As we transition from spring to summer, grizzly bears across both sides of the Continental Divide and Yellowstone National Park continue to fatten up after a long winter, making wise use of the verdant landscape in the wake of the big winter of 2022-2023. 

While those same bears were slumbering back in February, the states of Idaho, Wyoming and Montana, which host five of the six grizzly bear recovery zones, were busy tangling with the US Fish and Wildlife Service (USFWS), filing petitions to pull the bears from behind the shield of the Endangered Species Act (ESA). Wyoming claims that Yellowstone populations should be delisted, Montana wants bears in the North Continental Divide Ecosystem (NCDE) removed from the ESA list, and Idaho asked for ALL grizzlies in the lower 48 to be stripped of protections – regardless of where they live. 

After entertaining all three petitions, the USFWS is now reviewing the conservation status of bears in Montana and Wyoming’s recovery zones, saying claims made by those states “may be warranted.” The Idaho Conservation League is supportive of this USFWS status assessment

However, Idaho’s petition – backed up by a ceremonial resolution (HJM 5) from our State Legislature – was dismissed due to what the USFWS called lack of “substantial scientific or commercial information.”

Now, the latest chapter in the decades-long grizzly saga is about to be written, as the State of Idaho announced plans in May to sue USFWS in response to Idaho’s delisting petition being rejected. That action could come as soon as mid-July.

Ed Cannady photo.

In addition to justification cited by USFWS when Idaho’s petition was rebuffed, ICL views Idaho’s intentions to fight those findings as ill-conceived on many levels:

  1. Delisting criteria have not been achieved for Idaho grizzly bear populations in Selkirk, Cabinet-Yaak and Bitterroot recovery zones.
  2. In 2018, a federal judge found that if USFWS moves to delist a population like Yellowstone or NCDE, they must undertake a “comprehensive review” of other listed populations.
  3. There are not adequate regulatory mechanisms or financial resources in place in Idaho that address conflict management in areas where livestock and grizzlies share the landscape, including use of nonlethal approaches.
  4. Current IDFG regulations that govern black bear hunting and trapping/snaring of gray wolves do not sufficiently consider potential impacts to grizzly bear populations (for example, earlier this month a hunter killed a grizzly after improperly identifying the animal as a black bear).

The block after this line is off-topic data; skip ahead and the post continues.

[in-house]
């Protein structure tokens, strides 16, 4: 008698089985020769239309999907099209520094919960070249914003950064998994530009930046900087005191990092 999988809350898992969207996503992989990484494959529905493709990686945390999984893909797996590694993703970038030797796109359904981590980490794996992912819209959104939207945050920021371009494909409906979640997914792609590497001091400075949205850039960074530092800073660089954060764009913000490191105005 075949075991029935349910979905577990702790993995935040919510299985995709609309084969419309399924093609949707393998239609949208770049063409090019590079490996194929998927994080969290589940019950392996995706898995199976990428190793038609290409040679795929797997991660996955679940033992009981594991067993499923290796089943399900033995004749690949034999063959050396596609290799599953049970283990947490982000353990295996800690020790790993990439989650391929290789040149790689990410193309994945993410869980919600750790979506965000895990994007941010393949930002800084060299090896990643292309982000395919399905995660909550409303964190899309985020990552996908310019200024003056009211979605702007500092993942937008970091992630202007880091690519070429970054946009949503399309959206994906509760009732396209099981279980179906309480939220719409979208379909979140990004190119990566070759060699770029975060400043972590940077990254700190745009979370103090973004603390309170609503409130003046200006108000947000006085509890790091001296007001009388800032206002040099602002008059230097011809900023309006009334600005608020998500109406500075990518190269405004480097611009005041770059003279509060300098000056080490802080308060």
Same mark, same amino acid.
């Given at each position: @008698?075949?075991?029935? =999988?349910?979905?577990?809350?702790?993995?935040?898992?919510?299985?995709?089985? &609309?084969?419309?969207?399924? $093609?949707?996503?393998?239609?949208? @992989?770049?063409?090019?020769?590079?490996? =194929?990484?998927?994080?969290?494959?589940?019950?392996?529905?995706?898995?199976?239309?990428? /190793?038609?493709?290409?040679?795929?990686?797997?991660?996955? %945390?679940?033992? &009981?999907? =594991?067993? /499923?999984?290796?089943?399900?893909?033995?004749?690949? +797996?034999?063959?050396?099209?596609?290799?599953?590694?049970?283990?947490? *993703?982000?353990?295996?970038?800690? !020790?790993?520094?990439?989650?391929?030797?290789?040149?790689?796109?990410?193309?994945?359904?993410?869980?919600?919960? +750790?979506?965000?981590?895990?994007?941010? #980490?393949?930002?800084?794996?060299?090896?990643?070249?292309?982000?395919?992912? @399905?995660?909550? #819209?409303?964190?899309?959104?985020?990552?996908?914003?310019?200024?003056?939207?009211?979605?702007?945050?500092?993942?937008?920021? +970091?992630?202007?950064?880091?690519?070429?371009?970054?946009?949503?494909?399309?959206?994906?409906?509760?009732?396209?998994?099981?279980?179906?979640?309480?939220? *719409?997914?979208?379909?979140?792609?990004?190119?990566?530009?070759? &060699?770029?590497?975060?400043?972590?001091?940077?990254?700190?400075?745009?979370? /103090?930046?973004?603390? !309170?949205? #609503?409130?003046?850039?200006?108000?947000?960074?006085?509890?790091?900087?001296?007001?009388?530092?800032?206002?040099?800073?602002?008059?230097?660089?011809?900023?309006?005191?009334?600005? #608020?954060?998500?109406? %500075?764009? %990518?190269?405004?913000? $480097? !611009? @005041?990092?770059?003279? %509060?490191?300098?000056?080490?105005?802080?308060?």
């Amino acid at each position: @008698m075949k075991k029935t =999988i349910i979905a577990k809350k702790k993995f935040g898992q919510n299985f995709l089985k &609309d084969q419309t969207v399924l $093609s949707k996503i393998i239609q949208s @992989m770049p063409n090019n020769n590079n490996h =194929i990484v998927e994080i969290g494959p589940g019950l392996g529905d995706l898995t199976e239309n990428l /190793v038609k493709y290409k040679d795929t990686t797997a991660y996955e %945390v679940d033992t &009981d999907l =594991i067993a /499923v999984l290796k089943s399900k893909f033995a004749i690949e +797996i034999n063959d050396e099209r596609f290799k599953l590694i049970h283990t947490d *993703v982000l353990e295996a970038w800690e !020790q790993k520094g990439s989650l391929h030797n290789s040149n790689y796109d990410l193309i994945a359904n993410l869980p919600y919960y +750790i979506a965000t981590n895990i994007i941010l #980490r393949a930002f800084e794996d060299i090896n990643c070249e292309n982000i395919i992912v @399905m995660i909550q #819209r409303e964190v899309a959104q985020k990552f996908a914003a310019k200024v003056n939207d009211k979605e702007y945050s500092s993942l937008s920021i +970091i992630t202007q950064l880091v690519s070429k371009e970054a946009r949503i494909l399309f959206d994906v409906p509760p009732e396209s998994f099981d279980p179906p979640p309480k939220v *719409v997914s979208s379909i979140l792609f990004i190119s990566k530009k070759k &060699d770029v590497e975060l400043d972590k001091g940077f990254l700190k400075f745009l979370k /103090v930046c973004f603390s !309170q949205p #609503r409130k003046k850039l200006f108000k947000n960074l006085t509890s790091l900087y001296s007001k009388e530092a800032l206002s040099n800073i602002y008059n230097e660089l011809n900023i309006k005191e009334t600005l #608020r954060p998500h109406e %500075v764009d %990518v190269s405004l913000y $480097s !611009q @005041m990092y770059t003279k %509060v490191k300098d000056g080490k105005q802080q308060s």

5. Responsible requirements for food storage on federal and state managed public lands within existing or potential grizzly habitat have not been implemented.

Another regulatory note for grizzly bear lovers to file away while continuing to track recovery actions is that a federal judge has prompted the USFWS to initiate an Environmental Impact Statement to examine a range of alternatives for management of grizzlies that may disperse into the Bitterroot recovery zone from other populations (such as NCDE or Yellowstone). There have been seasonal observations of bears in that area, but thus far, no resident animals or breeding pairs have been documented there.

Additionally, ICL staff recently attended a workshop in Missoula, MT highlighting the real promise of strategies that equitably manage conflicts resulting from the presence of large predators on the landscape. We were encouraged to learn how landowners, Tribes, states, federal agencies and nonprofits/NGOs are beginning to use shared knowledge to develop and refine ways to reduce conflicts to livestock operations and associated tensions that may arise from competing social values placed on large predatory wildlife species. Among the many efforts, NGOs are identifying common ground with agencies like US Department of Agriculture Wildlife Services and Natural Resource Conservation Service to use all the tools in the toolbox to minimize predator/livestock conflicts including range riders, guard dogs, real-time monitoring and emerging technologies. 

The State of Idaho would be well-served to take notice of these initiatives happening in Montana and Wyoming, focused in part, around the “4 Cs Framework” of collaboration, pre-conflict strategies, appropriate control mechanisms, and compensation. The stature of our Governor’s office, Office of Species Conservation, and the State Legislature would surely be enhanced by committing to match federal funding that now only partially compensates producers for livestock losses. They also must pursue sustained funding sources for nonlethal conflict management programs.

Thanks to protections afforded by the 1975 action that added grizzly bears to the Endangered Species list, there are now many more bears on much larger swaths of the western landscape. Regardless of how USFWS ultimately deals with petitions from Montana and Wyoming, Idaho must eventually realize that delisting actions in our state’s recovery zones will only occur after responsible steps are taken to ensure sustainable populations of grizzly bears in those areas. Those actions, coupled with earnest efforts to encourage conflict avoidance, minimization and mitigation, will be the only way forward if Idaho hopes to take over management of grizzlies from USFWS. ICL looks forward to working with the State in pursuit of that goal.

If you care about the future of grizzly bears in Idaho, take action at the button below and voice your support for a responsible management plan for grizzlies in Idaho!


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